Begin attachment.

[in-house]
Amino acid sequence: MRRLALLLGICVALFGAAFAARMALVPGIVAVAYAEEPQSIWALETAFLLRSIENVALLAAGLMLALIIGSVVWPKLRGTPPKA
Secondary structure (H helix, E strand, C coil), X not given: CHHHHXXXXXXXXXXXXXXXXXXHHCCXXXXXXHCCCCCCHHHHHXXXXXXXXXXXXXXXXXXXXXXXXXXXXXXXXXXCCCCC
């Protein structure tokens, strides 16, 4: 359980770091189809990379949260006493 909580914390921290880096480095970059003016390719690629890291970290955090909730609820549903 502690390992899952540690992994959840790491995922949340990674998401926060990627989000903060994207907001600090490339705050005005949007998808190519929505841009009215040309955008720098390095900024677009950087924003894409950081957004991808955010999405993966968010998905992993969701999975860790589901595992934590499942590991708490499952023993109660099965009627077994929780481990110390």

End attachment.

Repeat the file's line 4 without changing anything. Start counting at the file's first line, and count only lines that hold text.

């Protein structure tokens, strides 16, 4: 359980770091189809990379949260006493 909580914390921290880096480095970059003016390719690629890291970290955090909730609820549903 502690390992899952540690992994959840790491995922949340990674998401926060990627989000903060994207907001600090490339705050005005949007998808190519929505841009009215040309955008720098390095900024677009950087924003894409950081957004991808955010999405993966968010998905992993969701999975860790589901595992934590499942590991708490499952023993109660099965009627077994929780481990110390």